Monday, April 29, 2013

Special Guest - Colby Marshall

Today I'm pleased to welcome Colby Marshall, author of the thriller Chain of Command, who's sharing her thoughts on the unpredictability of success.  Take it away, Colby... 

As writers, I think we often wonder if our work has the potential to break out and be a hot commodity. But never fear, writers! There seems to be more and more evidence that no matter what is said, there's room for what you're writing, and no one can predict what's going to sell, sell, sell in entertainment today. We need only to look at some past successes to realize that sometimes, no one sees it coming...

Honestly, who ever thought that a television show following the "love lives" of real live meerkats would catch on? But nevertheless, Meerkat Manor is about to start what I believe to be its fourth season, and even I have to admit I'm enthralled by sexy Meerkat Mitch, that hunka burnin' love...

Another one I didn't see coming? Twilight. Yep, even as an avid Harry Potter fan, I must admit  Twilight's  success shocked me a little. After all, whoever heard of vegetarian vampires? I guess that's one reason the book didn't soak me in, because I'm a little too violent. I guess I needed some blood-sucking goodness to keep me interested. I suppose most people were okay with the fact that the opening chapter didn't include any neck biting, though, considering how well it's done. I wonder what that says about me? But I digress.

 And, last but not least is The Secret. Really? Really. Really! Really?!?!? I guess people just want to believe so badly that there's a way to make their lives better, a way to make it all simple. Maybe if they think about it really hard, meditate on it, exactly as they want it, that twenty bucks or so they paid for that book will come back to them.

 What book, tv, or movie successes surprised you?

A little about Colby...     

Writer by day, ballroom dancer and choreographer by night, Colby has a tendency to turn every hobby she has into a job, thus ensuring that she is a perpetual workaholic.  In addition to her 9,502 regular jobs, she is also a contributing columnist for M Food and Culture magazine and is a proud member of International Thriller Writers and Sisters in Crime.  She is actively involved in local theatres as a choreographer as well as sometimes indulges her prima donna side by taking the stage as an actress.  She lives in Georgia with her family, two mutts, and an array of cats that, if she were a bit older, would qualify her immediately for crazy cat lady status.  Her debut thriller, Chain of Command is about a reporter who discovers the simultaneous assassinations of the President and Vice President may have been a plot to rocket the very first woman—the Speaker of the House—into the presidency.  Chain of Command is now available, and the second book in her McKenzie McClendon series, The Trade, is due for publication by Stairway Press in June 2013.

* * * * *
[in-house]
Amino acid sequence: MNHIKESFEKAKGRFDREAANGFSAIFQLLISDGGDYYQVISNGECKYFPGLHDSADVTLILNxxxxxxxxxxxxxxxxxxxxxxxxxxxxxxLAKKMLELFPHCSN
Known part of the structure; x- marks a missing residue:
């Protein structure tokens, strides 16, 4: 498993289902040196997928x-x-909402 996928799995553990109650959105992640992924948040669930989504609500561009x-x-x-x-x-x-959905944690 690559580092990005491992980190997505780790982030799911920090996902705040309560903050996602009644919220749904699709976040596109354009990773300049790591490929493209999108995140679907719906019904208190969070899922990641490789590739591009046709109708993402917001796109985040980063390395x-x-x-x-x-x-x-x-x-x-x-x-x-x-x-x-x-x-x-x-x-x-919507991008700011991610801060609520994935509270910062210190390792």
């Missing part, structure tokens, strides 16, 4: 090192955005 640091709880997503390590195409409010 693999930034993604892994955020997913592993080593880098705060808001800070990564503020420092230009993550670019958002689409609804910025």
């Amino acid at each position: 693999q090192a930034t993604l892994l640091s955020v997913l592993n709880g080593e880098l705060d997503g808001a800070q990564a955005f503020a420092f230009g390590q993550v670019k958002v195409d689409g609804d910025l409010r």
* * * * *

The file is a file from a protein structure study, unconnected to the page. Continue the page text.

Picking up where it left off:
Chain of Command is now available at Amazon, Barnes and Noble, Sony, iBooks, Kobo, other major e-readers, or in select independent bookstores.

Watch the official book trailer for Chain of Command here:  You can learn more about Colby and her books at 
Thanks, Colby, for being my guest today.  And let me be the first to answer your question.  On TV, it's the whole unscripted quasi-reality show genre.  I just don't get it. 

Thanks to all my blog buddies for coming by. Please say hi and make Colby feel welcome.

Definition of the Day:

Yawn - An honest opinion, openly expressed.

Friday, April 26, 2013

Incredibly Sad

I just returned from a mini vacation to New York City.  The friends we joined there (from the west coast) had never been to NY so we did lots of touristy stuff - went sightseeing, saw a couple Broadway shows, ate ourselves silly, etc.

At the end of each day, we turned on the TV in our hotel room and watched the latest news on the search for those responsible for the tragedy in Boston.

I grew up in the fifties and sixties. Life wasn't exactly Leave It to Beaver and Happy Days, but it was certainly different. You could travel by air without taking off your shoes, coat, sweater, etc.and standing in a full body scanner. Friends and family seeing you off or coming to meet you could come right to the gate area, which were filled with goodbyes and hellos.

You could visit a national landmark then without placing your bags, coat, and the contents of your pockets in a plastic bin before a man ran a metal detector wand all around you.

No more.  This weekend our bags were even examined at the door of St. Patrick's Cathedral. And, of course, there was close to airport level security at the 9/11 Memorial - where most of this began.

9/11 Memorial
Is all this security necessary?  I suppose so. Every effort must be made to keep people safe. We saw that last week in Boston.

Can it keep us safe? Not completely. We saw that in Boston, too.

I read today that Dzhokhar Tsarnaev told authorities he and his brother were planning to go to New York from Boston, to set off multiple bombs in Times Square.

Our hotel was in Times Square.

Frightening? Yes, a little.  But more than that - incredibly sad.

Would you care to share a thought on all this?

Sad thoughts aside, I hope you have a lovely weekend. I promise a more upbeat post on Monday.

Good Thought for Today:

Wednesday, April 17, 2013

Thank You's and Blogfests and Funnies, Oh My!

Happy Hump Day

My hump day post has to serve as a multi-purpose blog this week.